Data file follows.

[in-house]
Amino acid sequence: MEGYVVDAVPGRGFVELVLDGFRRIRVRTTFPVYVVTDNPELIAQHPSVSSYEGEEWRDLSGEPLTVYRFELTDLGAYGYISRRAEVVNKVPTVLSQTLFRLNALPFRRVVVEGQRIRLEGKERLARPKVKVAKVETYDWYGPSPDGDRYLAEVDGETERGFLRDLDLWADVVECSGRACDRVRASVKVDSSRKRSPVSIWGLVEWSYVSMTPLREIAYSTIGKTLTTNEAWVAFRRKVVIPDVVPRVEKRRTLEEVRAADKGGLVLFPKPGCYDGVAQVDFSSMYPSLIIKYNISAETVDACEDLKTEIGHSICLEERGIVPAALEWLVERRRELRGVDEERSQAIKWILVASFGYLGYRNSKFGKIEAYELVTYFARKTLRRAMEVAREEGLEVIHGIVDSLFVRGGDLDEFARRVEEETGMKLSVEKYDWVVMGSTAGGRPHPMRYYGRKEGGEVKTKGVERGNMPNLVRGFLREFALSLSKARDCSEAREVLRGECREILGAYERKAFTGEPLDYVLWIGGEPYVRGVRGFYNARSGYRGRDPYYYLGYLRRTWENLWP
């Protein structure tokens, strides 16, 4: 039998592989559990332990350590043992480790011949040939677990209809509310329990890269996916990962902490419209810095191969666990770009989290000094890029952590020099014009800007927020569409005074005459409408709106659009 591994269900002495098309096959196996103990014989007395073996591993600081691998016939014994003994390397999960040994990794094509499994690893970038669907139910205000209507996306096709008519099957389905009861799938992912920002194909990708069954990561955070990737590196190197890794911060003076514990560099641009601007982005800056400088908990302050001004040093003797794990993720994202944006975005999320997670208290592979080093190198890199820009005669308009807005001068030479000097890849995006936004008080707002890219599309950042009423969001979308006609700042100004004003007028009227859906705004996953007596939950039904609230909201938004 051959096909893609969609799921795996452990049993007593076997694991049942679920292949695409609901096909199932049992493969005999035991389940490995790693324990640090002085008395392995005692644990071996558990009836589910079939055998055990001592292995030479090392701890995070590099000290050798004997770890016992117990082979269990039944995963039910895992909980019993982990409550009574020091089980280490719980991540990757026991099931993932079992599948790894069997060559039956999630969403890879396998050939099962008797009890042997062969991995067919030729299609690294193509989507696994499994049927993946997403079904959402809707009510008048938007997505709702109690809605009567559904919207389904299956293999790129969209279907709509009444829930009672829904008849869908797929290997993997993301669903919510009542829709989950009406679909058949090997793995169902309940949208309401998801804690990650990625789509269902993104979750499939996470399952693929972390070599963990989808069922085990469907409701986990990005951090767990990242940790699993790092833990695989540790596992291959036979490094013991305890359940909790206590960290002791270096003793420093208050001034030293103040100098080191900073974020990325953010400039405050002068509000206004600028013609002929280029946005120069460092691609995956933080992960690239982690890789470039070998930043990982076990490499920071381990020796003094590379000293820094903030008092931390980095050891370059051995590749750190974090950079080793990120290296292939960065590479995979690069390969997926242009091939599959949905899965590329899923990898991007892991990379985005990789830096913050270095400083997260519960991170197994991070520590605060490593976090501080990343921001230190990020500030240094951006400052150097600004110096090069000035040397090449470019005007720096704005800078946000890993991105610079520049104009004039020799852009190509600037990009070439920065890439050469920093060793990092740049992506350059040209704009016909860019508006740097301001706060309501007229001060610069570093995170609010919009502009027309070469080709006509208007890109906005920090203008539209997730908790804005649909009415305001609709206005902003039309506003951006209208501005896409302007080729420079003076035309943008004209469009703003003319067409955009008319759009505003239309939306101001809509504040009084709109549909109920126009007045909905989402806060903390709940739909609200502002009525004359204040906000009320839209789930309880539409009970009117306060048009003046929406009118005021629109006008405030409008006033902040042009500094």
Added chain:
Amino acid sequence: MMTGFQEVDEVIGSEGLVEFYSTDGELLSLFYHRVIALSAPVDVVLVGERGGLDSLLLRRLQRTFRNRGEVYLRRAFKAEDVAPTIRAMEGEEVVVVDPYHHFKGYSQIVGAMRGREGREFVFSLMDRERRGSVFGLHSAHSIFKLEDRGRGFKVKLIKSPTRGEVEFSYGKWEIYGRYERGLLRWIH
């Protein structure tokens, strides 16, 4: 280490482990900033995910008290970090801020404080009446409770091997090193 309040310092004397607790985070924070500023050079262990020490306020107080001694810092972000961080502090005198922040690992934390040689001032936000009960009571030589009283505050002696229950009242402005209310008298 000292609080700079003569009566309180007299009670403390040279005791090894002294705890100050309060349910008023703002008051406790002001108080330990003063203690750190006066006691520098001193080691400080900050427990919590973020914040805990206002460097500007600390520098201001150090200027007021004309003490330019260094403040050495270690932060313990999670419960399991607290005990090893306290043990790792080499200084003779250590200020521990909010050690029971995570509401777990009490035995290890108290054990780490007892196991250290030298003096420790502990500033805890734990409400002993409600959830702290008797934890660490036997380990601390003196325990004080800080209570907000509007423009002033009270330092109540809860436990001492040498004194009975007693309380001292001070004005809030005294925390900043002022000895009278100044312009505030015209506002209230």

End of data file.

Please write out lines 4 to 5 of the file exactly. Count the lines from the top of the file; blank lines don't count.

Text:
Added chain:
Amino acid sequence: MMTGFQEVDEVIGSEGLVEFYSTDGELLSLFYHRVIALSAPVDVVLVGERGGLDSLLLRRLQRTFRNRGEVYLRRAFKAEDVAPTIRAMEGEEVVVVDPYHHFKGYSQIVGAMRGREGREFVFSLMDRERRGSVFGLHSAHSIFKLEDRGRGFKVKLIKSPTRGEVEFSYGKWEIYGRYERGLLRWIH